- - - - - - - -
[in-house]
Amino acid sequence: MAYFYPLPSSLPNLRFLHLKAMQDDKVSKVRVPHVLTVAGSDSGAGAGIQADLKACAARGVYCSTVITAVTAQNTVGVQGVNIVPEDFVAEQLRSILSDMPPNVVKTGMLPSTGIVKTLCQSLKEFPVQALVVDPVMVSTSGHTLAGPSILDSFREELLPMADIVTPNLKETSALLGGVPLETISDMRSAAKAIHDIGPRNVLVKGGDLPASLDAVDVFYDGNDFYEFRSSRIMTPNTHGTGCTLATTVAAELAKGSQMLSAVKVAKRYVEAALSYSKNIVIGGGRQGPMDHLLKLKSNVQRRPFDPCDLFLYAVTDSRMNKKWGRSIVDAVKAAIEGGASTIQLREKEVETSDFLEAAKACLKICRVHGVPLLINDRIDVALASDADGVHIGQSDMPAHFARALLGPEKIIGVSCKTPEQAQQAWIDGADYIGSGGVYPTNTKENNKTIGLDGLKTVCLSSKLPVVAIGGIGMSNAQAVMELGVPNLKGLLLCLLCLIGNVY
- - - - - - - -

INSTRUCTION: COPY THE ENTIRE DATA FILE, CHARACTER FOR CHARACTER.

[in-house]
Amino acid sequence: MAYFYPLPSSLPNLRFLHLKAMQDDKVSKVRVPHVLTVAGSDSGAGAGIQADLKACAARGVYCSTVITAVTAQNTVGVQGVNIVPEDFVAEQLRSILSDMPPNVVKTGMLPSTGIVKTLCQSLKEFPVQALVVDPVMVSTSGHTLAGPSILDSFREELLPMADIVTPNLKETSALLGGVPLETISDMRSAAKAIHDIGPRNVLVKGGDLPASLDAVDVFYDGNDFYEFRSSRIMTPNTHGTGCTLATTVAAELAKGSQMLSAVKVAKRYVEAALSYSKNIVIGGGRQGPMDHLLKLKSNVQRRPFDPCDLFLYAVTDSRMNKKWGRSIVDAVKAAIEGGASTIQLREKEVETSDFLEAAKACLKICRVHGVPLLINDRIDVALASDADGVHIGQSDMPAHFARALLGPEKIIGVSCKTPEQAQQAWIDGADYIGSGGVYPTNTKENNKTIGLDGLKTVCLSSKLPVVAIGGIGMSNAQAVMELGVPNLKGLLLCLLCLIGNVY